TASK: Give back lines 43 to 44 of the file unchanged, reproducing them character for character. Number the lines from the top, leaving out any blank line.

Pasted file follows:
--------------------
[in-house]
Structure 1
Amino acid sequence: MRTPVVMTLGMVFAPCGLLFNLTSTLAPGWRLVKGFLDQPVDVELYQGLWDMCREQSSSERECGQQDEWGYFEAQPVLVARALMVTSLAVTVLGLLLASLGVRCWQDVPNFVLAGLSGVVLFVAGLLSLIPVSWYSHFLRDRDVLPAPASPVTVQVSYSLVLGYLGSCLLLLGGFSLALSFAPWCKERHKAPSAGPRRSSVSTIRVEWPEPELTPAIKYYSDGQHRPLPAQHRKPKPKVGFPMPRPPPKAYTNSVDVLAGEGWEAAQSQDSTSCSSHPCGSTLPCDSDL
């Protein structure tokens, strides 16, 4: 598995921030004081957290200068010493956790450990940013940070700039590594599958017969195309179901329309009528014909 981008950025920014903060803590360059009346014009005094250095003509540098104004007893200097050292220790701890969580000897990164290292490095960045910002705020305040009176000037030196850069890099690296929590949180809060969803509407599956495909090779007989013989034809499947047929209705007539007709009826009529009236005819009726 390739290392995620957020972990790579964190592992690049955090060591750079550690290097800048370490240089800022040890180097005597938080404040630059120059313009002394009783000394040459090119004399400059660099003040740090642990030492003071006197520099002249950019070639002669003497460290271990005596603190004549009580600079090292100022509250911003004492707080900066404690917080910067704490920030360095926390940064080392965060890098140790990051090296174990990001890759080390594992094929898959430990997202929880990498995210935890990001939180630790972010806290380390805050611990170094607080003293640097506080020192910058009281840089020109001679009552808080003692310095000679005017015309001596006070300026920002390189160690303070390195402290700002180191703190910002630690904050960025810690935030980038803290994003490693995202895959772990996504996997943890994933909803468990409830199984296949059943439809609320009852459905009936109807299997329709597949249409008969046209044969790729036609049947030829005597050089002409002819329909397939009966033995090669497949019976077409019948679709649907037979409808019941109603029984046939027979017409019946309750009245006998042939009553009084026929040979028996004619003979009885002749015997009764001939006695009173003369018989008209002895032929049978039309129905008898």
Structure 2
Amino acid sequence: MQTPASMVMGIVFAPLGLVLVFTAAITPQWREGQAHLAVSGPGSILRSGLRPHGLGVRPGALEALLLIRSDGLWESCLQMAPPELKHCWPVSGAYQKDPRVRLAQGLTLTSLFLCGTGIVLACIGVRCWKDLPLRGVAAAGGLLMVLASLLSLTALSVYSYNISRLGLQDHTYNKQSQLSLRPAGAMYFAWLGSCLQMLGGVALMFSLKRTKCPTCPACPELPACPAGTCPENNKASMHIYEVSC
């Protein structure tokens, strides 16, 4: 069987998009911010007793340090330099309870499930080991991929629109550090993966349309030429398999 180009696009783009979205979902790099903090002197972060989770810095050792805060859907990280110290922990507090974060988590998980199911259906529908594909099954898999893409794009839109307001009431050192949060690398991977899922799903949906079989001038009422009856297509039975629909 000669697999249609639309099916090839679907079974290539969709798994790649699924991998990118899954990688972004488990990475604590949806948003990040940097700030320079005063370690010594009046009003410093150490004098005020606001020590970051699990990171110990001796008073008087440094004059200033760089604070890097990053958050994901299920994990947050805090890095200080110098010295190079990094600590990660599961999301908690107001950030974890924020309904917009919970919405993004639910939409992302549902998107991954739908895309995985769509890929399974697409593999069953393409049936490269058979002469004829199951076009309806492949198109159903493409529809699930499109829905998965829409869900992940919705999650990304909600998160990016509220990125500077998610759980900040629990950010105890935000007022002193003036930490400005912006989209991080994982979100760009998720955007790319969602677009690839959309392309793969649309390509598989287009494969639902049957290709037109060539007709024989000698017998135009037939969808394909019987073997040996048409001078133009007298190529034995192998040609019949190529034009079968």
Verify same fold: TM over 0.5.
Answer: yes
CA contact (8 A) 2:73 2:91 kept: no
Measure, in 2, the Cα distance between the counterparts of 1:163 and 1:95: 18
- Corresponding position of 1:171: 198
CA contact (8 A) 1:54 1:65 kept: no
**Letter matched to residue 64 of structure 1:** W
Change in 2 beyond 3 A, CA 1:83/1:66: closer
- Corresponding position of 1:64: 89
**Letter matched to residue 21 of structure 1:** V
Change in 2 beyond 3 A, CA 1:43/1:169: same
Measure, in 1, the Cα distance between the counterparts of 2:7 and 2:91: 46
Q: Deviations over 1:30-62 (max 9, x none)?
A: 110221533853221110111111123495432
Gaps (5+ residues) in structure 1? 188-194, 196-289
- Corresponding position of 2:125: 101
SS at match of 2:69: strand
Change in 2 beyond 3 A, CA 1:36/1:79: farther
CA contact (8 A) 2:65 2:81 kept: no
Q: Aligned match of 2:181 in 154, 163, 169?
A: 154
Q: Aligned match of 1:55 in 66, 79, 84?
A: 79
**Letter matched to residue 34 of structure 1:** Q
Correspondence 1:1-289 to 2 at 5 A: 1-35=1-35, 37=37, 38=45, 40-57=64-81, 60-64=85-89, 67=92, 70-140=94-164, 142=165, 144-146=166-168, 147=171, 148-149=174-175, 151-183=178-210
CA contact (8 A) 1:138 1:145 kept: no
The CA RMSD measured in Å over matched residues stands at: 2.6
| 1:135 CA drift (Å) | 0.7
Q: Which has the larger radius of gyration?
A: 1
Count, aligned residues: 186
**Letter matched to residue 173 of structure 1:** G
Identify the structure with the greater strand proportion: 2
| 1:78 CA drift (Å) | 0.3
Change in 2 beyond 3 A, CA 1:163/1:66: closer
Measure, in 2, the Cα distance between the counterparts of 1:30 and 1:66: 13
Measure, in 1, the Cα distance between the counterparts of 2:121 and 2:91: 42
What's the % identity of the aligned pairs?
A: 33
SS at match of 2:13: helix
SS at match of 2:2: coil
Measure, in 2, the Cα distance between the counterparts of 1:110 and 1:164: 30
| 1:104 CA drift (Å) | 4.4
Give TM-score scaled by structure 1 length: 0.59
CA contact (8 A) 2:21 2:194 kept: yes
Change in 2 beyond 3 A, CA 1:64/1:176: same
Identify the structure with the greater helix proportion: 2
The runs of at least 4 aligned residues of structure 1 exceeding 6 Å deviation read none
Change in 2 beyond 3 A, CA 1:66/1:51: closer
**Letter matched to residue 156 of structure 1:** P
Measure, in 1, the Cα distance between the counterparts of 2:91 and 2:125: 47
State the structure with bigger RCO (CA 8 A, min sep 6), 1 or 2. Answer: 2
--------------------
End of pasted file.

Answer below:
Measure, in 2, the Cα distance between the counterparts of 1:30 and 1:66: 13
Measure, in 1, the Cα distance between the counterparts of 2:121 and 2:91: 42